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an appraisal of Reference and Conjunction as Cohesive Devices in Chimamanda Ngozi Adichie’s The Thing Around Your Neck

ABSTRACT

This study analyses Chimamanda Adichie’s The Thing around your Neck with a view to ascertaining how effectively she has used References and Conjunctives. The study adopts Halliday and Hassan’s (1976) Model. The objective is to analyse the use of References and Conjunctives as ties that connect sentences and paragraphs in the selected short stories, in order to bridge the perceived lacuna that needs to be filled. The result reveals that the narrative is cohesive because of Adichie’s use of the cohesive ties and this also makes the narratives to be coherent. It is coherent because every part of the narrative does not need further grammatical or semantic interpretations to be comprehended, as it is written in more of simple sentences than complex. Adichie concentrated on the use of only three Conjunctives (Additive, Adversative and Causal) with exception of Temporal Cohesive Conjunctive. Also, her references are mostly endophoric and anaphoric with few exceptions of exophoric and cataphoric, and this does not inhibit meaning in the narratives but makes her readers to be alert to what whatever she is describing.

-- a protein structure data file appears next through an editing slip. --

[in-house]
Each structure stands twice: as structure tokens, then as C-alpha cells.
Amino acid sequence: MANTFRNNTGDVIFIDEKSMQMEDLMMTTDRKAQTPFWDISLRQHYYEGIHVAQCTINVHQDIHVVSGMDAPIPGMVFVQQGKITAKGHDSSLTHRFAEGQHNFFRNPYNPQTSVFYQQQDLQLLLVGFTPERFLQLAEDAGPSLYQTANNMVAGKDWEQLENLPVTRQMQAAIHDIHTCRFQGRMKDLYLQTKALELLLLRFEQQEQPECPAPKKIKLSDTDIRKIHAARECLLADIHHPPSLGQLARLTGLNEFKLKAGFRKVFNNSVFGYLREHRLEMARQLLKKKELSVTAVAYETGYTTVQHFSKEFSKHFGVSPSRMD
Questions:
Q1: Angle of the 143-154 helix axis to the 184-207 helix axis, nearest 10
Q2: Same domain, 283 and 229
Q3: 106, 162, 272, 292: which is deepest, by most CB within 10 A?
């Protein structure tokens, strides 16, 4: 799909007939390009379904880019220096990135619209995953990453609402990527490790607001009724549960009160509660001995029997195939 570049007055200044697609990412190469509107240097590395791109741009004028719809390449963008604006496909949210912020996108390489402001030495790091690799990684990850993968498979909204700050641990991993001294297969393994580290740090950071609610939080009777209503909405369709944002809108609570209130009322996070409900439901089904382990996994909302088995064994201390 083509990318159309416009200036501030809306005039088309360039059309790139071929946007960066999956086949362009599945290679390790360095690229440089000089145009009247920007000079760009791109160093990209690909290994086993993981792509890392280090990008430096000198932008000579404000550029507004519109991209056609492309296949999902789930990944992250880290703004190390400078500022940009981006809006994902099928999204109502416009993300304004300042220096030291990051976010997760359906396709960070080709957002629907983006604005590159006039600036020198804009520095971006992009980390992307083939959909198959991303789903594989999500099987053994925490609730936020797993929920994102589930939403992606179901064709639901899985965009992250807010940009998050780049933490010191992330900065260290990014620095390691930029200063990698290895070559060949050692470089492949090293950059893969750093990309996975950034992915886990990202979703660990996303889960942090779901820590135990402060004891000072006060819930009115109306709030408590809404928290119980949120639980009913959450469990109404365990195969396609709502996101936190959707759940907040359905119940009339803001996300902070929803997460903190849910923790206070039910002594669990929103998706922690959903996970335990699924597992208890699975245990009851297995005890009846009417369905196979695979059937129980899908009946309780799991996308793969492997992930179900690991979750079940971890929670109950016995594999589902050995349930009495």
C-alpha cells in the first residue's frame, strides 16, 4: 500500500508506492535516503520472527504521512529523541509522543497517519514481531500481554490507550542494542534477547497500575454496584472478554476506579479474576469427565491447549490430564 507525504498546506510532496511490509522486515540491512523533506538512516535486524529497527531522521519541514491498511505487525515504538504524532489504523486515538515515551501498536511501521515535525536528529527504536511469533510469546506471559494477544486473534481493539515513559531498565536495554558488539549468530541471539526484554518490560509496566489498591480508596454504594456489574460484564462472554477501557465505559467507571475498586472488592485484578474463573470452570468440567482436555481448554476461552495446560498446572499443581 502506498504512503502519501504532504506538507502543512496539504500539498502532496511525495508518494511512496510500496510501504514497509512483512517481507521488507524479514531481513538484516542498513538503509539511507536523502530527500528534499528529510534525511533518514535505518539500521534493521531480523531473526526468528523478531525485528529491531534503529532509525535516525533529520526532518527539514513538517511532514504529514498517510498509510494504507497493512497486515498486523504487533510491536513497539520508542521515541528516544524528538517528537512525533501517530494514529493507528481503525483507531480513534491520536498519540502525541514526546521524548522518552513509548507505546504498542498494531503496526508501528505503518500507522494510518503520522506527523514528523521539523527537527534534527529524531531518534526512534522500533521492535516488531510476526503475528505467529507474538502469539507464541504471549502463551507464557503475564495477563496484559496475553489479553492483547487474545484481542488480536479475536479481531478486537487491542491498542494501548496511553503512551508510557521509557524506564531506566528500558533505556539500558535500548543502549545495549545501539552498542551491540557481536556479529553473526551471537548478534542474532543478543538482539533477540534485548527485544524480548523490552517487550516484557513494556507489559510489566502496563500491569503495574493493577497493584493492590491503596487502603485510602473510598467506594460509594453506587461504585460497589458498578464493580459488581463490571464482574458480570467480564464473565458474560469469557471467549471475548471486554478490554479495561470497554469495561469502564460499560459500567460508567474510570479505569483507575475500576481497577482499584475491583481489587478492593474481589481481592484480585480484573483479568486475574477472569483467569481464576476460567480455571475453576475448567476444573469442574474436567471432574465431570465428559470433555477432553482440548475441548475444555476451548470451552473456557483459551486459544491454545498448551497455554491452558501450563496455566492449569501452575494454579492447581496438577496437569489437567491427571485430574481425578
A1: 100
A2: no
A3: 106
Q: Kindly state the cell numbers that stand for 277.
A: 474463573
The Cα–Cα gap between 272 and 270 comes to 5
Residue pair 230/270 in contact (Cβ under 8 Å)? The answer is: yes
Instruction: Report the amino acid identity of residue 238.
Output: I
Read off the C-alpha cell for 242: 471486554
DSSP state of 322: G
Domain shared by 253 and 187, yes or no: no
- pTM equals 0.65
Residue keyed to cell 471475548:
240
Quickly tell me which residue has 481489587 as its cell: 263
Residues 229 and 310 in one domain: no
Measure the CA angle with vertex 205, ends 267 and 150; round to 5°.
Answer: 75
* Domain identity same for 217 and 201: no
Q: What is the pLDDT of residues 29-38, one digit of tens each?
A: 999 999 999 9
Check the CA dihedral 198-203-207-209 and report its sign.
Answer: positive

CHAPTER ONE

INTRODUCTION

1.1 Background to the Study

The interpretation of a text is tied to the ability of the readers to not just make sense of the individual lexicon but also draw a connection between the groups of words, phrases and sentences into one meaningful unit. This may also require a background knowledge of the mental image being portrayed by the writer’s linguistic choices. Once the average reader is able to make sense of the individual word in relations to other words which brings meaning, ideas and understanding of the writer’s message, such a text may be considered to possess cohesion which may further bring coherence.

Every writer tries to communicate an idea or ideas and without certain linguistic elements, such idea may elude the reader who is not able to piece the ideas in the passage together probably due to insufficient use of cohesive ties or the lack of grammatico-semantic features which is the domain of functional grammar. Functional grammar focuses on meaning and treats grammar as a resource for language users in making meaning in a given social context. Thus, Larsen-Freeman (npn) in Liu and Jiang (62-63) suggests that “language form, meaning, and use should be approached as an integrated whole.” The three aspects of grammar are interwoven because “a change in one will involve a change in another” (Celce-Murcia and Larsen-Freeman 4).

In addition, lexico-grammar studies lexicon and grammar as two inherently connected parts of a single entity, challenging the traditional “wisdom of postulating separate domains of lexis and syntax” (Sinclair, 104). Francis (142) further explains that “a grammatical structure may be lexically restricted” and, conversely, lexical items are often grammatical in nature, for the use of a lexical item often has grammatical implications.